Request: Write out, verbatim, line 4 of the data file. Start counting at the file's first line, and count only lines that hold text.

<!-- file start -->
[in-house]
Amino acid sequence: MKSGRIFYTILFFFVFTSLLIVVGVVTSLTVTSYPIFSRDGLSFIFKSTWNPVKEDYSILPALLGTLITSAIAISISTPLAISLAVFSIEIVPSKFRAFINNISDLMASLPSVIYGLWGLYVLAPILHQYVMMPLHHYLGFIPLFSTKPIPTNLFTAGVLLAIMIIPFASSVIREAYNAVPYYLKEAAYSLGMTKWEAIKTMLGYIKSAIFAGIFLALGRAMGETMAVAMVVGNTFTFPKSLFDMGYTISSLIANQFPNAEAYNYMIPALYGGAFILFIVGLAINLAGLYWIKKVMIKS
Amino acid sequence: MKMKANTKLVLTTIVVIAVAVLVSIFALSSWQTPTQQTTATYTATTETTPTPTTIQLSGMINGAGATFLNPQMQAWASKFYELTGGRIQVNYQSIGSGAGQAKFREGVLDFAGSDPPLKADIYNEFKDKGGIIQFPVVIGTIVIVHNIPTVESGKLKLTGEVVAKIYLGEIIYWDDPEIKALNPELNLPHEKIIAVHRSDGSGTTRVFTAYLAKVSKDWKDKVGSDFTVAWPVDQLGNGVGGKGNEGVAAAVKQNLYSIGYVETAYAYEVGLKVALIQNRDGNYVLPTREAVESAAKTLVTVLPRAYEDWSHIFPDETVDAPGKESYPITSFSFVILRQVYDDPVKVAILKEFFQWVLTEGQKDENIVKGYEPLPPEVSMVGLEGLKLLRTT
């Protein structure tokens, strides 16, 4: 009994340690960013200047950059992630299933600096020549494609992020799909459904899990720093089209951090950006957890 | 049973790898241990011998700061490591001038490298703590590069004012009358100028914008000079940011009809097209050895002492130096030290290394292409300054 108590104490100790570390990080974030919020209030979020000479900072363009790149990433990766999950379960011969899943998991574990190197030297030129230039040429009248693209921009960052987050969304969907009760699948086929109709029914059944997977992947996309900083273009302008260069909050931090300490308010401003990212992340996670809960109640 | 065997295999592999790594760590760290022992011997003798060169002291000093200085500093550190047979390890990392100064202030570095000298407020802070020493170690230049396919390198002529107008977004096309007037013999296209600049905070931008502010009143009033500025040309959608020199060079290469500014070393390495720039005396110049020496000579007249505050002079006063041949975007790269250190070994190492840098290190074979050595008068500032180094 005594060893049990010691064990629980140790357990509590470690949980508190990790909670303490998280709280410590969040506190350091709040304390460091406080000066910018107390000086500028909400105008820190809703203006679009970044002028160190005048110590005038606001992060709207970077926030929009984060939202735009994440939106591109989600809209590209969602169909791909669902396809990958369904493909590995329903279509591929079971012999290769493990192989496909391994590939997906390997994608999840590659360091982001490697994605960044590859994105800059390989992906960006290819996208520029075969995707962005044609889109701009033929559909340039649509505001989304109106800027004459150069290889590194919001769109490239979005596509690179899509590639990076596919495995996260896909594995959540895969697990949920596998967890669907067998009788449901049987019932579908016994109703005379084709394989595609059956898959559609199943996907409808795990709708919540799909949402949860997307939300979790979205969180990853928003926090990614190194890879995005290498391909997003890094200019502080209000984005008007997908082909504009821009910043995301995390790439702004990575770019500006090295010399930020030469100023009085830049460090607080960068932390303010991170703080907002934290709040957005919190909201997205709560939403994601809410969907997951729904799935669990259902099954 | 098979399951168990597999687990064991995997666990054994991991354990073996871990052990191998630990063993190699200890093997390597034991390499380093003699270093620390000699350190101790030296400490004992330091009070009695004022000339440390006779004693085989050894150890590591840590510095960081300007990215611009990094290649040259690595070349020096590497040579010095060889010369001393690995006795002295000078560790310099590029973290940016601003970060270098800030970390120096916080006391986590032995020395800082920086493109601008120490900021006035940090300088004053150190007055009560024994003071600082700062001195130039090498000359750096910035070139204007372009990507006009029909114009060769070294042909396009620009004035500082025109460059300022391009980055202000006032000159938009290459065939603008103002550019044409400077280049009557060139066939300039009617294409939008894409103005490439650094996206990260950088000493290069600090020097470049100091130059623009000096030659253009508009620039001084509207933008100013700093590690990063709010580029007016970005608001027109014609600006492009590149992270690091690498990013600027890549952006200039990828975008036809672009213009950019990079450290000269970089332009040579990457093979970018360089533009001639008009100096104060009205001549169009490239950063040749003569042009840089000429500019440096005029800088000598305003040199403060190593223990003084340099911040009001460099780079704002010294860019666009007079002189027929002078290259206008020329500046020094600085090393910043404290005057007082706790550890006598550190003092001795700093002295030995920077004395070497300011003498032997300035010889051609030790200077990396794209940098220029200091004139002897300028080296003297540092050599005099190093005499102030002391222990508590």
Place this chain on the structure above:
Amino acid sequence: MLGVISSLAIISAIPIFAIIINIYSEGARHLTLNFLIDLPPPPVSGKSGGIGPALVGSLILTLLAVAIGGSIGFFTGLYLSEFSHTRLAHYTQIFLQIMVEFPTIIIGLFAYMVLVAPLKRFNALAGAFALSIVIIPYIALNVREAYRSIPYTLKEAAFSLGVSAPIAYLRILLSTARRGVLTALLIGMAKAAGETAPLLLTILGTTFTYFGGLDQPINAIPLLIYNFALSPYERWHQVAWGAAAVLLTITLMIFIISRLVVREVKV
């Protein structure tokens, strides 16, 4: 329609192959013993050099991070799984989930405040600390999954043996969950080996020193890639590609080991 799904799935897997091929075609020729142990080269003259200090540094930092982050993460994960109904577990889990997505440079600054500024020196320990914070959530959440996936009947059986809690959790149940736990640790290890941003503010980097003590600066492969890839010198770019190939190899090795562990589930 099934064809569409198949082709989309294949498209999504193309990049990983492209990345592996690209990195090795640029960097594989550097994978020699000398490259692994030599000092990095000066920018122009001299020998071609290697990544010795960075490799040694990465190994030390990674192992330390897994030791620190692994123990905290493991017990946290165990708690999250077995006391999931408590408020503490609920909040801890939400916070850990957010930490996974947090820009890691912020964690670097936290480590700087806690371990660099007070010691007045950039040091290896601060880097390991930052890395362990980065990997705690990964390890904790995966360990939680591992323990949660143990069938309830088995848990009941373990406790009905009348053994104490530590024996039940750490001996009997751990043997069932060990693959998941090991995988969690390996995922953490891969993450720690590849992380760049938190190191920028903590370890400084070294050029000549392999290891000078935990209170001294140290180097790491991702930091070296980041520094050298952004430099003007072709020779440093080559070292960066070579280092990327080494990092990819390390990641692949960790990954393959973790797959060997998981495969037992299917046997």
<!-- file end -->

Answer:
């Protein structure tokens, strides 16, 4: 009994340690960013200047950059992630299933600096020549494609992020799909459904899990720093089209951090950006957890 | 049973790898241990011998700061490591001038490298703590590069004012009358100028914008000079940011009809097209050895002492130096030290290394292409300054 108590104490100790570390990080974030919020209030979020000479900072363009790149990433990766999950379960011969899943998991574990190197030297030129230039040429009248693209921009960052987050969304969907009760699948086929109709029914059944997977992947996309900083273009302008260069909050931090300490308010401003990212992340996670809960109640 | 065997295999592999790594760590760290022992011997003798060169002291000093200085500093550190047979390890990392100064202030570095000298407020802070020493170690230049396919390198002529107008977004096309007037013999296209600049905070931008502010009143009033500025040309959608020199060079290469500014070393390495720039005396110049020496000579007249505050002079006063041949975007790269250190070994190492840098290190074979050595008068500032180094 005594060893049990010691064990629980140790357990509590470690949980508190990790909670303490998280709280410590969040506190350091709040304390460091406080000066910018107390000086500028909400105008820190809703203006679009970044002028160190005048110590005038606001992060709207970077926030929009984060939202735009994440939106591109989600809209590209969602169909791909669902396809990958369904493909590995329903279509591929079971012999290769493990192989496909391994590939997906390997994608999840590659360091982001490697994605960044590859994105800059390989992906960006290819996208520029075969995707962005044609889109701009033929559909340039649509505001989304109106800027004459150069290889590194919001769109490239979005596509690179899509590639990076596919495995996260896909594995959540895969697990949920596998967890669907067998009788449901049987019932579908016994109703005379084709394989595609059956898959559609199943996907409808795990709708919540799909949402949860997307939300979790979205969180990853928003926090990614190194890879995005290498391909997003890094200019502080209000984005008007997908082909504009821009910043995301995390790439702004990575770019500006090295010399930020030469100023009085830049460090607080960068932390303010991170703080907002934290709040957005919190909201997205709560939403994601809410969907997951729904799935669990259902099954 | 098979399951168990597999687990064991995997666990054994991991354990073996871990052990191998630990063993190699200890093997390597034991390499380093003699270093620390000699350190101790030296400490004992330091009070009695004022000339440390006779004693085989050894150890590591840590510095960081300007990215611009990094290649040259690595070349020096590497040579010095060889010369001393690995006795002295000078560790310099590029973290940016601003970060270098800030970390120096916080006391986590032995020395800082920086493109601008120490900021006035940090300088004053150190007055009560024994003071600082700062001195130039090498000359750096910035070139204007372009990507006009029909114009060769070294042909396009620009004035500082025109460059300022391009980055202000006032000159938009290459065939603008103002550019044409400077280049009557060139066939300039009617294409939008894409103005490439650094996206990260950088000493290069600090020097470049100091130059623009000096030659253009508009620039001084509207933008100013700093590690990063709010580029007016970005608001027109014609600006492009590149992270690091690498990013600027890549952006200039990828975008036809672009213009950019990079450290000269970089332009040579990457093979970018360089533009001639008009100096104060009205001549169009490239950063040749003569042009840089000429500019440096005029800088000598305003040199403060190593223990003084340099911040009001460099780079704002010294860019666009007079002189027929002078290259206008020329500046020094600085090393910043404290005057007082706790550890006598550190003092001795700093002295030995920077004395070497300011003498032997300035010889051609030790200077990396794209940098220029200091004139002897300028080296003297540092050599005099190093005499102030002391222990508590």